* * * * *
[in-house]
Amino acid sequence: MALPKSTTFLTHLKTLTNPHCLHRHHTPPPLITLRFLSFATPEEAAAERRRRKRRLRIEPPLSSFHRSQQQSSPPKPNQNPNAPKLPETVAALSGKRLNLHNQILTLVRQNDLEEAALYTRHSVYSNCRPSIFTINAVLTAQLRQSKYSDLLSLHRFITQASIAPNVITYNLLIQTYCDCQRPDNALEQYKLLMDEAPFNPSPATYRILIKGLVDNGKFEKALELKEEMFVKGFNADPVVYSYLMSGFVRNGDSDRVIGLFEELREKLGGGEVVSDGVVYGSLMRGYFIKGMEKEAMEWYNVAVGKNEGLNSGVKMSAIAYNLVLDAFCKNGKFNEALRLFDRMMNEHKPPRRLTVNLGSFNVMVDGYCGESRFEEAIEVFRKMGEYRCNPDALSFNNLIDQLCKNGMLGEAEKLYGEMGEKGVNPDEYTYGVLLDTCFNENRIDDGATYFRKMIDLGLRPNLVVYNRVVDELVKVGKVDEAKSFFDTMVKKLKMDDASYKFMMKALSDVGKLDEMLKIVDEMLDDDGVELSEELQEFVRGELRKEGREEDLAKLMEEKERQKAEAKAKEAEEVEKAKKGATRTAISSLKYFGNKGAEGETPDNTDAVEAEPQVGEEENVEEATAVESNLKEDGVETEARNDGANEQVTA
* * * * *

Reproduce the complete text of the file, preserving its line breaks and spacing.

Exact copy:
[in-house]
Amino acid sequence: MALPKSTTFLTHLKTLTNPHCLHRHHTPPPLITLRFLSFATPEEAAAERRRRKRRLRIEPPLSSFHRSQQQSSPPKPNQNPNAPKLPETVAALSGKRLNLHNQILTLVRQNDLEEAALYTRHSVYSNCRPSIFTINAVLTAQLRQSKYSDLLSLHRFITQASIAPNVITYNLLIQTYCDCQRPDNALEQYKLLMDEAPFNPSPATYRILIKGLVDNGKFEKALELKEEMFVKGFNADPVVYSYLMSGFVRNGDSDRVIGLFEELREKLGGGEVVSDGVVYGSLMRGYFIKGMEKEAMEWYNVAVGKNEGLNSGVKMSAIAYNLVLDAFCKNGKFNEALRLFDRMMNEHKPPRRLTVNLGSFNVMVDGYCGESRFEEAIEVFRKMGEYRCNPDALSFNNLIDQLCKNGMLGEAEKLYGEMGEKGVNPDEYTYGVLLDTCFNENRIDDGATYFRKMIDLGLRPNLVVYNRVVDELVKVGKVDEAKSFFDTMVKKLKMDDASYKFMMKALSDVGKLDEMLKIVDEMLDDDGVELSEELQEFVRGELRKEGREEDLAKLMEEKERQKAEAKAKEAEEVEKAKKGATRTAISSLKYFGNKGAEGETPDNTDAVEAEPQVGEEENVEEATAVESNLKEDGVETEARNDGANEQVTA